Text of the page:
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S’pore to consider laws to counter foreign interference: Edwin Tong

SINGAPORE — Singapore will consider new laws to counter foreign interference, as it is “especially vulnerable” to these exploits which stir up distrust and undermine its democratic processes, said Senior Minister of State for Law Edwin Tong.

Mr Edwin Tong, Senior Minister of State for Law, in Parliament. In December 2018, when the maritime and airspace disputes between Singapore and Malaysia were in the news, the Government noticed a jump in online comments that were mostly critical of Singapore and these were from anonymous accounts.

Mr Edwin Tong, Senior Minister of State for Law, in Parliament. In December 2018, when the maritime and airspace disputes between Singapore and Malaysia were in the news, the Government noticed a jump in online comments that were mostly critical of Singapore and these were from anonymous accounts.

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SINGAPORE — Singapore will consider new laws to counter foreign interference, as it is “especially vulnerable” to these exploits which stir up distrust and undermine its democratic processes, said Senior Minister of State for Law Edwin Tong.

He also said on Tuesday (Feb 12) that the Government noticed a spike in anonymous “avatar” accounts posting comments on social media after the recent dispute between Singapore and Malaysia broke out.

Mr Tong was responding in Parliament to a question from Ms Cheng Li Hui, Member of Parliament (MP) for the Tampines Group Representation Constituency. She had asked Prime Minister Lee Hsien Loong about the lessons Singapore can draw from examples of foreign interference in elections and politics that have hit countries including the United States and France, and if there is a need to introduce laws or strengthen existing ones to deal with such interferences.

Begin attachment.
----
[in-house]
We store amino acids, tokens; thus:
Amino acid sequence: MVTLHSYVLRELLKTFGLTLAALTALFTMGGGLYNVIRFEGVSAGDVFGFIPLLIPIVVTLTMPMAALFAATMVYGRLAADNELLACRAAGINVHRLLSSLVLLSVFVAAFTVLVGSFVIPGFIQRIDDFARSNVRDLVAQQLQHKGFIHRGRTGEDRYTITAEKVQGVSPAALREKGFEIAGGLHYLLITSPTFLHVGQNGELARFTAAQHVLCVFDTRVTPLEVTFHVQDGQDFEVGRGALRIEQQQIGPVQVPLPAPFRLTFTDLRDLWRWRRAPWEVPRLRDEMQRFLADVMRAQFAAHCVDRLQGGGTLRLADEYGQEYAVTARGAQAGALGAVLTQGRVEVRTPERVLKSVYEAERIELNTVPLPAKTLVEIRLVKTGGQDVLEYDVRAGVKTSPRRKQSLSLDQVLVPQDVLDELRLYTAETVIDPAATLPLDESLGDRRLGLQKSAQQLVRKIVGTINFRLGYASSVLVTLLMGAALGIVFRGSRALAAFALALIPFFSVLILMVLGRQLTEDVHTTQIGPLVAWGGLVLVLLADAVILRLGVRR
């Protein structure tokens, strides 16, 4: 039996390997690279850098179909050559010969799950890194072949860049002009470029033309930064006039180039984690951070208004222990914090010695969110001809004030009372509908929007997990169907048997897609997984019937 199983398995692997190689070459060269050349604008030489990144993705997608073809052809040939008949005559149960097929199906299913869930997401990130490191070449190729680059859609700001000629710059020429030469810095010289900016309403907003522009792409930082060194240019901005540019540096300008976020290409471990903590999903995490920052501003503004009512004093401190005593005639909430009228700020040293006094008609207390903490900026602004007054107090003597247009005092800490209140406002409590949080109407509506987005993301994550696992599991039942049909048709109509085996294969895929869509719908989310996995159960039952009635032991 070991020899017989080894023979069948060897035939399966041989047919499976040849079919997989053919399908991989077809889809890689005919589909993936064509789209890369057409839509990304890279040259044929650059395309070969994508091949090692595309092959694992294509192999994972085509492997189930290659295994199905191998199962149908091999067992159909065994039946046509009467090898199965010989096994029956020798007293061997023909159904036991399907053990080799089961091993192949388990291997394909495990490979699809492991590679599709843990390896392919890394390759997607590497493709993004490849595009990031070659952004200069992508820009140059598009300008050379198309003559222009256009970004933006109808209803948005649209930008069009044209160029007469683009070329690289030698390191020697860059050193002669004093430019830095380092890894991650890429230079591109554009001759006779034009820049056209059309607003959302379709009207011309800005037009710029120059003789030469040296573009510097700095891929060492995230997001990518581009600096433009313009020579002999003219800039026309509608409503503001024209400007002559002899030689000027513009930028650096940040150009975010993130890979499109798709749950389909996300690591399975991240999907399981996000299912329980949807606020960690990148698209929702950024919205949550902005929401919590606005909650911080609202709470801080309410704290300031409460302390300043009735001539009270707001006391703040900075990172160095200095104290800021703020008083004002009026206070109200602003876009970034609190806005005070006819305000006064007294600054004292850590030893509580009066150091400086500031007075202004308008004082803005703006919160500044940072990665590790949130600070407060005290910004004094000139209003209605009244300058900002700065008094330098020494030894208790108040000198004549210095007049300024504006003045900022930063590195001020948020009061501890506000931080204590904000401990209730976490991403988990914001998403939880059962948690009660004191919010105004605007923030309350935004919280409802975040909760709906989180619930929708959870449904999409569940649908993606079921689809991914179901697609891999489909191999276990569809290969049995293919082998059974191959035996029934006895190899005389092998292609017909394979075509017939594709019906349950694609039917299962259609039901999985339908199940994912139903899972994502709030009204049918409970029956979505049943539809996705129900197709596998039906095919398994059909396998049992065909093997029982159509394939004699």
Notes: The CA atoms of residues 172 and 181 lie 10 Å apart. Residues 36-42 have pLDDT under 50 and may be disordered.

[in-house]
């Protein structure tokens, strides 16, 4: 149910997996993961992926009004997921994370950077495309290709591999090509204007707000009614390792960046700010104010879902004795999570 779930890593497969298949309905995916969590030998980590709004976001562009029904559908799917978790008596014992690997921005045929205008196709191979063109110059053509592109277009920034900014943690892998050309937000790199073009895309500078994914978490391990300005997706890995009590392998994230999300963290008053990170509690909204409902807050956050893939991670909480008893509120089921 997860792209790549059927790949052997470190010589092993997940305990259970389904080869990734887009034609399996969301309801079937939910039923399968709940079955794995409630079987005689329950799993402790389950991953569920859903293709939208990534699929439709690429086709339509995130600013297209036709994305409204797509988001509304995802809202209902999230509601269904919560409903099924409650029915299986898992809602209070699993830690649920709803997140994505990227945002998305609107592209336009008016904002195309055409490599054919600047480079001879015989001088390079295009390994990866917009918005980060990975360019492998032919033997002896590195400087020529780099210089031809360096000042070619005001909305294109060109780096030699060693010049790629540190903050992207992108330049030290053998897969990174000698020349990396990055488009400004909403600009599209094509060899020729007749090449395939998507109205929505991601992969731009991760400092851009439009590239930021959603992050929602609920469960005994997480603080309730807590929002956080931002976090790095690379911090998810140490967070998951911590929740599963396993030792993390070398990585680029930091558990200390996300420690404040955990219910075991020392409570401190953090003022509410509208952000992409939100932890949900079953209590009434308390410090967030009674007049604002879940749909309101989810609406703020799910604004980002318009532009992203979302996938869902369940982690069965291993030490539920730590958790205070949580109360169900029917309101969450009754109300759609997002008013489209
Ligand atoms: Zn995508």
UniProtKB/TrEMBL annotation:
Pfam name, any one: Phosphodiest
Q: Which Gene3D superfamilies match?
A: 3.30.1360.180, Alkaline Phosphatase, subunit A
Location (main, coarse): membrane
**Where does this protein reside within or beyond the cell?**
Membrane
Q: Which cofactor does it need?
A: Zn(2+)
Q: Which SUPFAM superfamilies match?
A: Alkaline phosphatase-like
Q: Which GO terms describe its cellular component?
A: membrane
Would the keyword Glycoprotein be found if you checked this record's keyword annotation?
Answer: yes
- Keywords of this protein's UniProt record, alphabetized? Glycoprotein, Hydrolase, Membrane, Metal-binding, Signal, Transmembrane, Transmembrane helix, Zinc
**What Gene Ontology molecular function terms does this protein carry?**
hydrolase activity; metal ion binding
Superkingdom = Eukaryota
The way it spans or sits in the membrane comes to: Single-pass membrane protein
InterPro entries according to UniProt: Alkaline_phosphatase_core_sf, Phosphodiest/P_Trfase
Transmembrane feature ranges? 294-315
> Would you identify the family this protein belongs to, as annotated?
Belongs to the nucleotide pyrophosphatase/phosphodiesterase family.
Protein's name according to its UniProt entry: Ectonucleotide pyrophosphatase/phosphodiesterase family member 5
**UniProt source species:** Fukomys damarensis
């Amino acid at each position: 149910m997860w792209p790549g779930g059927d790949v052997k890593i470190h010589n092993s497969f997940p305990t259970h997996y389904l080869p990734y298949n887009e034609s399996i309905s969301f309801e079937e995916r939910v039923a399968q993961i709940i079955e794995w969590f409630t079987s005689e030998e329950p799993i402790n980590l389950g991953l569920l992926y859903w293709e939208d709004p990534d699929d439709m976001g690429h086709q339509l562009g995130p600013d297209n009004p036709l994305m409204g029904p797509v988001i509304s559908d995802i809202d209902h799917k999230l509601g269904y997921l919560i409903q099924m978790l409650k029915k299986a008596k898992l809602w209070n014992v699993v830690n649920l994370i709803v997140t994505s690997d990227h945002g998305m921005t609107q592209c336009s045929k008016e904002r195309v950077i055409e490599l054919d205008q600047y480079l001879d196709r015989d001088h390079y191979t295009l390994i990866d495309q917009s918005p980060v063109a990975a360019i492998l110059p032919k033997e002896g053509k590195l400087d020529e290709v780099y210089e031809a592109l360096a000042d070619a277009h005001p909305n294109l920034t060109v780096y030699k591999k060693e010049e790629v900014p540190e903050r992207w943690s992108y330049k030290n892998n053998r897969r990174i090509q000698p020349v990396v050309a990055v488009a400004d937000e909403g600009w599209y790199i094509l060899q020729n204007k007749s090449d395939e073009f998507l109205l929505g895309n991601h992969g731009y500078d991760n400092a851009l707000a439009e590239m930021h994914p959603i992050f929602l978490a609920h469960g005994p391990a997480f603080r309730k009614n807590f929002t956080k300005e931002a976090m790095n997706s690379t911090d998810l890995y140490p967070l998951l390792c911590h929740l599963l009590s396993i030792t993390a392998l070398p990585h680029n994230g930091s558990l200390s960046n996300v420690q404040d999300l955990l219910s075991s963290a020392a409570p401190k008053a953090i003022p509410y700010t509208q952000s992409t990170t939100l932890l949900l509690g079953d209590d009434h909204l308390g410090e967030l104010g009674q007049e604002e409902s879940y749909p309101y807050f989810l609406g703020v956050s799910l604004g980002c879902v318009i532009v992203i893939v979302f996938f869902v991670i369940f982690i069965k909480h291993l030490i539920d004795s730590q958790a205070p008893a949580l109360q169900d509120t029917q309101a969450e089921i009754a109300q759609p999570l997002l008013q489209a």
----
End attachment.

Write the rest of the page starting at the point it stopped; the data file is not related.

Ms Cheng’s question comes amid talk that the General Election in Singapore — which is due by April 2021 — could be held as early as this year.

Responding on Mr Lee’s behalf, Mr Tong said that Singapore is a target and there have been and will invariably be countries with an interest in interfering in its affairs and swaying public opinion.

But he noted that foreign interference is not always easy to detect or attribute.

In December last year, when the maritime and airspace disputes between Singapore and Malaysia hogged headlines, the Government noticed a spike in online comments — many critical of Singapore — from anonymous accounts.

During that time, these faceless accounts were also behind about 40 per cent of the comments related to heavy traffic congestion at land checkpoints posted on the social media pages of alternative media outlets, Mr Tong noted.

While the identity of the account owners and whether foreign actors are co-ordinating them remain unclear, they have sought to “give and create an artificial impression to netizens of the opposition to Singapore’s position at a time of heightened bilateral difficulties”, said Mr Tong.